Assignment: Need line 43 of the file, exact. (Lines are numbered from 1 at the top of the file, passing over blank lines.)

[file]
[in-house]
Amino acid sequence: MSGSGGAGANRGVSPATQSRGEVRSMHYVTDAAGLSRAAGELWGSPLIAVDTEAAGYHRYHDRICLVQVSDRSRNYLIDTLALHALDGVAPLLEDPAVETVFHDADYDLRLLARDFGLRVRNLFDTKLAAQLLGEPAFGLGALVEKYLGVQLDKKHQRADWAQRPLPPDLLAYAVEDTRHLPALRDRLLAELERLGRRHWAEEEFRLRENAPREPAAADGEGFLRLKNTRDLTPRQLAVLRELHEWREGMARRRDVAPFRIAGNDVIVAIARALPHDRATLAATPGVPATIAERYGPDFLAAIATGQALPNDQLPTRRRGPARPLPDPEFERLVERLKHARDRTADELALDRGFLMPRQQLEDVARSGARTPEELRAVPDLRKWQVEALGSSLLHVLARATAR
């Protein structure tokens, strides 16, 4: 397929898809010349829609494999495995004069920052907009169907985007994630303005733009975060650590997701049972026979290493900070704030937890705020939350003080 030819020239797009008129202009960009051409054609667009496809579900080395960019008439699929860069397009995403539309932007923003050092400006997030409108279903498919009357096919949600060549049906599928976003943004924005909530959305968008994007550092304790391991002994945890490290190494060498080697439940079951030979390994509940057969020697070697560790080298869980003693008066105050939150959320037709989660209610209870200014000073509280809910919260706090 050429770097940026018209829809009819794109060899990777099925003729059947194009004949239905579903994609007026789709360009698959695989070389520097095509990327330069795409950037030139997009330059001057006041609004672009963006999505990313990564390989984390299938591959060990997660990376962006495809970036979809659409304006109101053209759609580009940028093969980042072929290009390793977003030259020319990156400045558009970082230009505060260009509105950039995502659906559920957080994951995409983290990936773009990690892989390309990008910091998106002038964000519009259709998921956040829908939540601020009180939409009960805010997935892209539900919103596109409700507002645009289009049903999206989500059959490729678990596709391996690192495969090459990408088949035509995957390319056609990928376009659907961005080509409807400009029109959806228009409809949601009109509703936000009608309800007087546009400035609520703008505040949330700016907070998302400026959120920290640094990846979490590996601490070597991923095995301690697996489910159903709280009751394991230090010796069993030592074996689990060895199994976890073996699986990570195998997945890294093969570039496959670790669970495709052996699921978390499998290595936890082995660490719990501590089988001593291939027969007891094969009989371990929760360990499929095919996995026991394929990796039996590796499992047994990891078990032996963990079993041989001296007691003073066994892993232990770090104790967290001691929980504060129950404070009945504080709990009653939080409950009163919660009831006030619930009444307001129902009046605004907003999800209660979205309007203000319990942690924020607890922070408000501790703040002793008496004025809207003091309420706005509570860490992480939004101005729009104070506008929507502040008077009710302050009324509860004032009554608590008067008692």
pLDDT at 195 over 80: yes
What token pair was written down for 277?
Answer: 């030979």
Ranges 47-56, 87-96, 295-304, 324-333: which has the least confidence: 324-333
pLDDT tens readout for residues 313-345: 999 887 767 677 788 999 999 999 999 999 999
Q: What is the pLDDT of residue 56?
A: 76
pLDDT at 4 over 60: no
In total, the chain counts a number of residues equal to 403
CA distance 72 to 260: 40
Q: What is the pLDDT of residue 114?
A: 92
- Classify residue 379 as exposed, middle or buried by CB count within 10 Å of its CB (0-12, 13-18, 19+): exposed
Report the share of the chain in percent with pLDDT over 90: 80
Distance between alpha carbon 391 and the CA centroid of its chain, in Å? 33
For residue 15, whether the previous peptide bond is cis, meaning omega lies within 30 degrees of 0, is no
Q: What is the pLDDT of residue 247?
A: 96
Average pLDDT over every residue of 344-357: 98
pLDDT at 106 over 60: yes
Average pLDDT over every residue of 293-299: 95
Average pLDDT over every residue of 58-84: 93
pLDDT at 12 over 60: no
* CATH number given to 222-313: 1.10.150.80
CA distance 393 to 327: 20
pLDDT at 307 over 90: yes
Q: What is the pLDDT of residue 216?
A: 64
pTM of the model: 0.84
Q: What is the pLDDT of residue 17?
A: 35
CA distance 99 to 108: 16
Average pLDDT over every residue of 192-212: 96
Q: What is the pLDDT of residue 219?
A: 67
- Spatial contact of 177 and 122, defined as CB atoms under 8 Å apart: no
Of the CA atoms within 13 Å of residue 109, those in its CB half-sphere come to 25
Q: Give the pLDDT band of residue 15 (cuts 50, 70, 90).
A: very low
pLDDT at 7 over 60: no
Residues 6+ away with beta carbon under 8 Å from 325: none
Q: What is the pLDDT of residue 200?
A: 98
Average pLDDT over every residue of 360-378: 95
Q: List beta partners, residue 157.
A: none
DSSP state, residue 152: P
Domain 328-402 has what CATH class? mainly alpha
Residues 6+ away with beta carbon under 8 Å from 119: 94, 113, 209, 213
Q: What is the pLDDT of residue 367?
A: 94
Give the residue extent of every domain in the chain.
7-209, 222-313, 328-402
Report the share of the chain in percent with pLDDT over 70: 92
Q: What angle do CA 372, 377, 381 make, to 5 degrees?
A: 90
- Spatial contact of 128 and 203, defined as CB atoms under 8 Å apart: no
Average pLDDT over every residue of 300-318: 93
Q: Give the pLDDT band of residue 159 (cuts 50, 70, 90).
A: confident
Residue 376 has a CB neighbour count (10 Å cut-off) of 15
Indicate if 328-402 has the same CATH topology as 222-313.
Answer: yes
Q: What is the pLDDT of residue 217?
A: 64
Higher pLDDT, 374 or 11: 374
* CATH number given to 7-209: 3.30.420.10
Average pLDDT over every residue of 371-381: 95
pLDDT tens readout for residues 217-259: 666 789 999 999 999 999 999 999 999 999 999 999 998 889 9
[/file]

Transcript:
pLDDT at 7 over 60: no